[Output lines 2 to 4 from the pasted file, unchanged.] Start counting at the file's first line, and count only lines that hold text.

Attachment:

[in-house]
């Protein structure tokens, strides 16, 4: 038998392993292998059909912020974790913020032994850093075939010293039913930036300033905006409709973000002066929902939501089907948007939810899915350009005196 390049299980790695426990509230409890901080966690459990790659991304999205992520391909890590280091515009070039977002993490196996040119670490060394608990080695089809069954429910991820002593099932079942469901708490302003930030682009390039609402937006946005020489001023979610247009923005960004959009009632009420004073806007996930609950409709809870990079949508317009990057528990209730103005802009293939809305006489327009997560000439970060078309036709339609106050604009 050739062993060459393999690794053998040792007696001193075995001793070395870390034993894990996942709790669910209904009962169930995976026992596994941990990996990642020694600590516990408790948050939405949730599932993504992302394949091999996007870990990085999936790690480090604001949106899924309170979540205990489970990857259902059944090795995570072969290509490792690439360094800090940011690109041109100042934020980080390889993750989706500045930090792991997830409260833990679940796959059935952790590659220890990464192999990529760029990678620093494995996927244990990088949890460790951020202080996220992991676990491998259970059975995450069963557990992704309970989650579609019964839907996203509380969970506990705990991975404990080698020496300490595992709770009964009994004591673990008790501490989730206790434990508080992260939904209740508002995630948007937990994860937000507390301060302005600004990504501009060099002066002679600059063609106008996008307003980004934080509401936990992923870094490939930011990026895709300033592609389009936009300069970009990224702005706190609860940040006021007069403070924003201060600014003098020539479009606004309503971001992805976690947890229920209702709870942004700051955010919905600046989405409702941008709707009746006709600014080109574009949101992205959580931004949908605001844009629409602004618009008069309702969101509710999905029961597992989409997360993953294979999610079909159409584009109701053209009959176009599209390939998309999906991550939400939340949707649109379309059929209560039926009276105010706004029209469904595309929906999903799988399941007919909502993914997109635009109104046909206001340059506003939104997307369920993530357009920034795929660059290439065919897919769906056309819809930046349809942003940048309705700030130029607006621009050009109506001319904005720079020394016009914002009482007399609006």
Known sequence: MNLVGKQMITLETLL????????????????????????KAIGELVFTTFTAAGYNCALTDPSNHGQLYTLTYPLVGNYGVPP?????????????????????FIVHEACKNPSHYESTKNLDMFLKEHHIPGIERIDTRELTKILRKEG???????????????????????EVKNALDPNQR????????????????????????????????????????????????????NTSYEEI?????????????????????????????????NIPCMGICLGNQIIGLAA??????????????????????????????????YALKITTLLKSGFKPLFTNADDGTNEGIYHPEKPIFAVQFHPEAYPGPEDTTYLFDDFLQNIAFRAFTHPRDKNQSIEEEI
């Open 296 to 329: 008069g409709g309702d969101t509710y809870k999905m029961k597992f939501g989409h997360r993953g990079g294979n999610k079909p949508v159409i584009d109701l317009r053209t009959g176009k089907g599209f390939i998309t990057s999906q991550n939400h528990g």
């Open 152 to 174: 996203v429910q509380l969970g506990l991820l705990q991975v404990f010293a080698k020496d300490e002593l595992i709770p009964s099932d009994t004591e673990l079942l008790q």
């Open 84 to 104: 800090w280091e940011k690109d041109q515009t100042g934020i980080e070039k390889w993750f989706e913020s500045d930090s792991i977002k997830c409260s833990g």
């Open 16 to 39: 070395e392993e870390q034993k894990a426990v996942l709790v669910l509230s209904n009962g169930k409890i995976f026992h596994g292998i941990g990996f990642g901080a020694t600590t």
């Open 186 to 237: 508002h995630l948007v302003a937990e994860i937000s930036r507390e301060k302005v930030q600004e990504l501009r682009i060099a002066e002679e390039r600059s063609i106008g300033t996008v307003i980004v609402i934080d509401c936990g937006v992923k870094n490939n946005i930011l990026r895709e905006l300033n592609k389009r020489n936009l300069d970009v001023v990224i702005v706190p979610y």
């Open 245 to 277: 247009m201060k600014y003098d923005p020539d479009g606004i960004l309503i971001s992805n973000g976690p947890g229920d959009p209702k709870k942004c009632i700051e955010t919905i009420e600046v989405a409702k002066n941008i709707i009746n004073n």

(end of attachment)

């Protein structure tokens, strides 16, 4: 038998392993292998059909912020974790913020032994850093075939010293039913930036300033905006409709973000002066929902939501089907948007939810899915350009005196 390049299980790695426990509230409890901080966690459990790659991304999205992520391909890590280091515009070039977002993490196996040119670490060394608990080695089809069954429910991820002593099932079942469901708490302003930030682009390039609402937006946005020489001023979610247009923005960004959009009632009420004073806007996930609950409709809870990079949508317009990057528990209730103005802009293939809305006489327009997560000439970060078309036709339609106050604009 050739062993060459393999690794053998040792007696001193075995001793070395870390034993894990996942709790669910209904009962169930995976026992596994941990990996990642020694600590516990408790948050939405949730599932993504992302394949091999996007870990990085999936790690480090604001949106899924309170979540205990489970990857259902059944090795995570072969290509490792690439360094800090940011690109041109100042934020980080390889993750989706500045930090792991997830409260833990679940796959059935952790590659220890990464192999990529760029990678620093494995996927244990990088949890460790951020202080996220992991676990491998259970059975995450069963557990992704309970989650579609019964839907996203509380969970506990705990991975404990080698020496300490595992709770009964009994004591673990008790501490989730206790434990508080992260939904209740508002995630948007937990994860937000507390301060302005600004990504501009060099002066002679600059063609106008996008307003980004934080509401936990992923870094490939930011990026895709300033592609389009936009300069970009990224702005706190609860940040006021007069403070924003201060600014003098020539479009606004309503971001992805976690947890229920209702709870942004700051955010919905600046989405409702941008709707009746006709600014080109574009949101992205959580931004949908605001844009629409602004618009008069309702969101509710999905029961597992989409997360993953294979999610079909159409584009109701053209009959176009599209390939998309999906991550939400939340949707649109379309059929209560039926009276105010706004029209469904595309929906999903799988399941007919909502993914997109635009109104046909206001340059506003939104997307369920993530357009920034795929660059290439065919897919769906056309819809930046349809942003940048309705700030130029607006621009050009109506001319904005720079020394016009914002009482007399609006």
Known sequence: MNLVGKQMITLETLL????????????????????????KAIGELVFTTFTAAGYNCALTDPSNHGQLYTLTYPLVGNYGVPP?????????????????????FIVHEACKNPSHYESTKNLDMFLKEHHIPGIERIDTRELTKILRKEG???????????????????????EVKNALDPNQR????????????????????????????????????????????????????NTSYEEI?????????????????????????????????NIPCMGICLGNQIIGLAA??????????????????????????????????YALKITTLLKSGFKPLFTNADDGTNEGIYHPEKPIFAVQFHPEAYPGPEDTTYLFDDFLQNIAFRAFTHPRDKNQSIEEEI
């Open 296 to 329: 008069g409709g309702d969101t509710y809870k999905m029961k597992f939501g989409h997360r993953g990079g294979n999610k079909p949508v159409i584009d109701l317009r053209t009959g176009k089907g599209f390939i998309t990057s999906q991550n939400h528990g």